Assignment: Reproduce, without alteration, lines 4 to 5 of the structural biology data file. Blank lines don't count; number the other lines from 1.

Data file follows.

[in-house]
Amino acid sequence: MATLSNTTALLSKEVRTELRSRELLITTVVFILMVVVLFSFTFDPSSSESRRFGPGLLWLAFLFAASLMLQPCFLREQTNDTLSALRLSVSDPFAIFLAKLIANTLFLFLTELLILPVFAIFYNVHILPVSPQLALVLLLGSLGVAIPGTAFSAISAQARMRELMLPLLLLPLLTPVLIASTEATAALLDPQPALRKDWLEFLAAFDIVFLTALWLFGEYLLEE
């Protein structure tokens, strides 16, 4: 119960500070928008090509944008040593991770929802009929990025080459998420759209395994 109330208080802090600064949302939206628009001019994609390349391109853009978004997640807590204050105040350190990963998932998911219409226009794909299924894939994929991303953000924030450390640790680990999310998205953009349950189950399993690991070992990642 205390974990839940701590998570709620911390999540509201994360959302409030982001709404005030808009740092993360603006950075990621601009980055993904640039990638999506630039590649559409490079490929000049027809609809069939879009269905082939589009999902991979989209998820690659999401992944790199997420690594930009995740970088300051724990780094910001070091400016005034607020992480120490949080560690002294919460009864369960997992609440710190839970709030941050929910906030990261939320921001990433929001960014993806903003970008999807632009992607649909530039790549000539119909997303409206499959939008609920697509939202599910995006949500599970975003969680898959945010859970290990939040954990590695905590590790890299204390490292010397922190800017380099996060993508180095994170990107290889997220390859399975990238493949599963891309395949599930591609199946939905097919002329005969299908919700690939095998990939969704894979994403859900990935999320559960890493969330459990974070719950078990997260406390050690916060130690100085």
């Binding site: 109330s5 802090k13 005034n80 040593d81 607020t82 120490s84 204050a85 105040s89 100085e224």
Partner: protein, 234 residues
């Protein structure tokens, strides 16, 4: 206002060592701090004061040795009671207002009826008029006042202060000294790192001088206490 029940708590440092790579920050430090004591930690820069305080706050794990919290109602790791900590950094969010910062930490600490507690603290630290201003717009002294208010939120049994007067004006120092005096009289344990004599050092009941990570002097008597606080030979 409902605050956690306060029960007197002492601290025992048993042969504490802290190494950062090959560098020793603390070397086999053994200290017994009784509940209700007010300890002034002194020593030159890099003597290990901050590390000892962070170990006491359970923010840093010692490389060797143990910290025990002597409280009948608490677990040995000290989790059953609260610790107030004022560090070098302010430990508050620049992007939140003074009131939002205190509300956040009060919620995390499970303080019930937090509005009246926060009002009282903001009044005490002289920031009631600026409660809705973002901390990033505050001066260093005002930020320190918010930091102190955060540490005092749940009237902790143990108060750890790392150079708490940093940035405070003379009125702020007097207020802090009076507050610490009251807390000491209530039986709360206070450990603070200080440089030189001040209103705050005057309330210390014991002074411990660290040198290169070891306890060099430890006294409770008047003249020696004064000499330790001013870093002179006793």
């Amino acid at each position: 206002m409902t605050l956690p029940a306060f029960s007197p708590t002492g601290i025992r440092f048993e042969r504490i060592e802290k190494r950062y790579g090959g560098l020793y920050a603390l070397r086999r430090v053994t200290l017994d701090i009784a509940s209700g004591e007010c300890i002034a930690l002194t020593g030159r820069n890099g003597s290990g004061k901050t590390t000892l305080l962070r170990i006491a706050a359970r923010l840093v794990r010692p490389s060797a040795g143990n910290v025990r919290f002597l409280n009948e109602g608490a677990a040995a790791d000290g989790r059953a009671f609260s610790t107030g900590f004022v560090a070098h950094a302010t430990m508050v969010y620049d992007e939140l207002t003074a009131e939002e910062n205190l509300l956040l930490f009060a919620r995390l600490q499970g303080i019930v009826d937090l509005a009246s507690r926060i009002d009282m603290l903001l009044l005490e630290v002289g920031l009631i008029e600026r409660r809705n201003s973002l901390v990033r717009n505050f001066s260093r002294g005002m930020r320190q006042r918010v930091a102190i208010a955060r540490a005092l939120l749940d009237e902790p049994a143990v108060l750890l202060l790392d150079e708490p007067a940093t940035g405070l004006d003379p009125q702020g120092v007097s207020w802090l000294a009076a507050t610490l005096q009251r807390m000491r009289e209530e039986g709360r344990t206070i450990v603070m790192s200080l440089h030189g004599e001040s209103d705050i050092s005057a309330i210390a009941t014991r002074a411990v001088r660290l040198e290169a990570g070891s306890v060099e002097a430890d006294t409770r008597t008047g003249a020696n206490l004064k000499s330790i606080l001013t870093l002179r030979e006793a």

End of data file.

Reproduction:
């Binding site: 109330s5 802090k13 005034n80 040593d81 607020t82 120490s84 204050a85 105040s89 100085e224």
Partner: protein, 234 residues